Beginning in February of 2010 at the Harvest Home, God has been using this program to mend women’s broken, unraveled hearts ever since.
“We’ve never had this type of collaboration before with a business,” McMillan shared.
The response they’ve been getting from the women has been great.
A Place of Peace
“It cleared my mind. If any negative vibes are around me I can get ’em off ’cause I’m here making my bags,” Damika, a Harvest Home Resident said.
Holding up a special purse sewn with golden fabric, she explained the patterns which reflect her journey at the Harvest Home.
“This piece right here is when I first started,” she said of a dark piece “This is me doing my own thing.”
Pointing at another piece of fabric she said “This is me getting closer and on the streets of gold,” she smiled enthusiastically about her work of art.
Holly, another resident, says this program has been “Wonderful”.
“It’s centered around God and that’s what makes it wonderful. Every time I come here I’m excited. I look forward to it all week,” she said.
Spreading the Love
Smith, the volunteer mentioned above, has been sewing since she was just a child.
“I learned to sew when I was just a tiny, little girl from a woman we called ‘Miss Lucy’,” she said.
Smith wants to share that love for continuing the sewing tradition.
“It’s becoming a lost art but if we teach people, especially young women, that everybody needs clothing and draperies, there’s always something to be sewn,” she said.
“I love it because you meet the most darling people and each one of them has a story. Some are heartbreaking, some are just down on their luck and need a helping hand,” Smith said.
Building relationships is key in this project.
“The purpose is for relationships to develop between the volunteer and the woman staying at our shelter,” McMillan explained.
“They are able to build a friendship and develop their relationship with the Lord with some spiritual mentoring, discipleship and learning scripture verses. That volunteer friendship between the participant in class and the volunteer is key in making Lydia’s Purse work,” McMillan continued.
Shop on Purpose
Since this past summer they’ve been selling their Harvest Hope Totes and Shop Totes at the Hartville Flea Market.
One of the greatest advantages of buying one of these lovely purses is the fact that it all goes back to a good cause. Seventy-five percent of what they make goes back into the program.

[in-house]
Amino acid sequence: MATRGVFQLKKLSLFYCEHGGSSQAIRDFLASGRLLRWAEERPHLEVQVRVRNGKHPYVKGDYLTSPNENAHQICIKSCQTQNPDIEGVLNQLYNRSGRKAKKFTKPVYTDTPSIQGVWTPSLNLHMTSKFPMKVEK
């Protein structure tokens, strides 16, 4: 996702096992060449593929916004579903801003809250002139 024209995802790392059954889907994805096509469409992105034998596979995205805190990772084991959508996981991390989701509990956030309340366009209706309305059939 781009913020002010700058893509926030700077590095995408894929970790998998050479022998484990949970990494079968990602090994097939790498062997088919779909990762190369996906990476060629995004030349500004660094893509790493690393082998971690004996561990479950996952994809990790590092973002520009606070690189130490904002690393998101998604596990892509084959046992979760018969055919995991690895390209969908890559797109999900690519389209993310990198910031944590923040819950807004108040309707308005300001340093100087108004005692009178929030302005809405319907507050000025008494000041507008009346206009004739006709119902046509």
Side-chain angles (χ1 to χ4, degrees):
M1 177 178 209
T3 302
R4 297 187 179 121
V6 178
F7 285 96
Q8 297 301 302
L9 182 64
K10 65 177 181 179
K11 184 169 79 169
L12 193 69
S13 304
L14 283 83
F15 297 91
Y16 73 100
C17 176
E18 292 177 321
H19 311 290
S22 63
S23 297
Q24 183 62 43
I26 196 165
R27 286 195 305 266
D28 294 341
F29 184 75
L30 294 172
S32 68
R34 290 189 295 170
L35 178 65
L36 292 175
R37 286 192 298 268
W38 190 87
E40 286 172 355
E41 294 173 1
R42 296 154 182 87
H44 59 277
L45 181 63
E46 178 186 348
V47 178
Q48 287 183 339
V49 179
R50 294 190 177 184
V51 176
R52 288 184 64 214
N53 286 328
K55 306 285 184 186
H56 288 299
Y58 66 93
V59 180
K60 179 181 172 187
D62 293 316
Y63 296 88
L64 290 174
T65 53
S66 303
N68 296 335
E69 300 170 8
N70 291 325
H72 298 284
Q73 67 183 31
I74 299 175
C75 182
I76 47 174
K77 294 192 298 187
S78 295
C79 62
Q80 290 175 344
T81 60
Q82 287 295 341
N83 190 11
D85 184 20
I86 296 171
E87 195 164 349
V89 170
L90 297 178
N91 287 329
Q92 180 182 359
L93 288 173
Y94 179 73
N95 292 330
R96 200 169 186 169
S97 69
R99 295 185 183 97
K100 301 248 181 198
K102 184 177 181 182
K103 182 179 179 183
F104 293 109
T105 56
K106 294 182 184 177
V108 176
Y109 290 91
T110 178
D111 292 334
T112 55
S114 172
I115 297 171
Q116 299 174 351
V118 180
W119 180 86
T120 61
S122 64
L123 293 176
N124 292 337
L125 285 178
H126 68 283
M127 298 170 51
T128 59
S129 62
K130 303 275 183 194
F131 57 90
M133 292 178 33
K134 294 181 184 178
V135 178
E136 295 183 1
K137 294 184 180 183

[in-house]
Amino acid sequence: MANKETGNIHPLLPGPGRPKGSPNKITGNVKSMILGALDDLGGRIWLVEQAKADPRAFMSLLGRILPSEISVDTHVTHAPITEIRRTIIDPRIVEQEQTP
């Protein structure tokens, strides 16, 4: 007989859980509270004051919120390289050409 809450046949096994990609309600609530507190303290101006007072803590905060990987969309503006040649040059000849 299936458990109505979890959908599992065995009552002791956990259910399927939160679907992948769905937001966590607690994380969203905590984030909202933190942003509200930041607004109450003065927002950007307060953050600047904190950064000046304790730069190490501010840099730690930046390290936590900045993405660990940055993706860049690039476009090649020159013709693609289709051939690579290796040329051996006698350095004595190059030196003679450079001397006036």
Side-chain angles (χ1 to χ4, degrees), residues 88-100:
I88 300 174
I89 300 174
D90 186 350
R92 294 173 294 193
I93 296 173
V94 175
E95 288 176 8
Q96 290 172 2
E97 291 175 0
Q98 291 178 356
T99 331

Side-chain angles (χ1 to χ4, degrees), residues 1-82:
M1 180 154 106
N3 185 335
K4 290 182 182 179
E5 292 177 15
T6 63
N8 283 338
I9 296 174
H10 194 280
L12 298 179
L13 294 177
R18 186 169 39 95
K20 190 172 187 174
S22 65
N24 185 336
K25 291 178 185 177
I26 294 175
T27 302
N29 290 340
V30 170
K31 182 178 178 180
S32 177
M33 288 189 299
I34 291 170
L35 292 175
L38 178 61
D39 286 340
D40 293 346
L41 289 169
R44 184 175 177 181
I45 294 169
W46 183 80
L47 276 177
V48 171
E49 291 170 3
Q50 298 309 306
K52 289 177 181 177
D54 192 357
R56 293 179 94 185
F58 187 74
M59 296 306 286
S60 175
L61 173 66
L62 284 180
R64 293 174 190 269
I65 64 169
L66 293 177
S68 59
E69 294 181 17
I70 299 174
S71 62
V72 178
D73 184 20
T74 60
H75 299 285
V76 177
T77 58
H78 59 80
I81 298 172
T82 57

“Many people like the fact that they can buy something that is green. They’re made of recycled fabrics. It’s also going to help the homeless women and children,” Amy Prior, on staff at the Harvest Home, said.
Spreading their Wings
Once reaching level four of the program the women work with Maryann who teaches them how to work from their homes to create an income for their families.
“A lot of women have either moved out or are in the process of obtaining housing or an apartment so they can begin teaching sewing classes if they would like to,” Prior said.
Upon graduation each woman also gets her own brand new sewing machine.
“We encourage them to make things on their own to sell, or some bring them back here for us to sell. It gives them something to do and extra income,” Candace said.
“And they can start sewing other things,” Prior added, such as baby clothes and other essentials.
This is helpful for many of the mothers of babies and young children.
Plans for the future at the Harvest Home are exciting. The women there aren’t afraid to dream big.
Eventually they would like it to operate year-round at the Hartville Market, more consistently.
“Our dream is that we could employ some of the ladies who went through our program here and they would learn and develop retail skills, marketing, display and customer service,” McMillan said.
Many of the women have this desire and those at the Harvest Home simply want to provide the avenue for them to do it.
“That’s our dream,” McMillan shared.
For more information on Lydia’s Purse and/or volunteer opportunities please email Yvette McMillan at the Harvest Home: email@example.com. The Harvest Home is also part of the Haven of Rest. You can visit their website at http://www.havenofrest.org.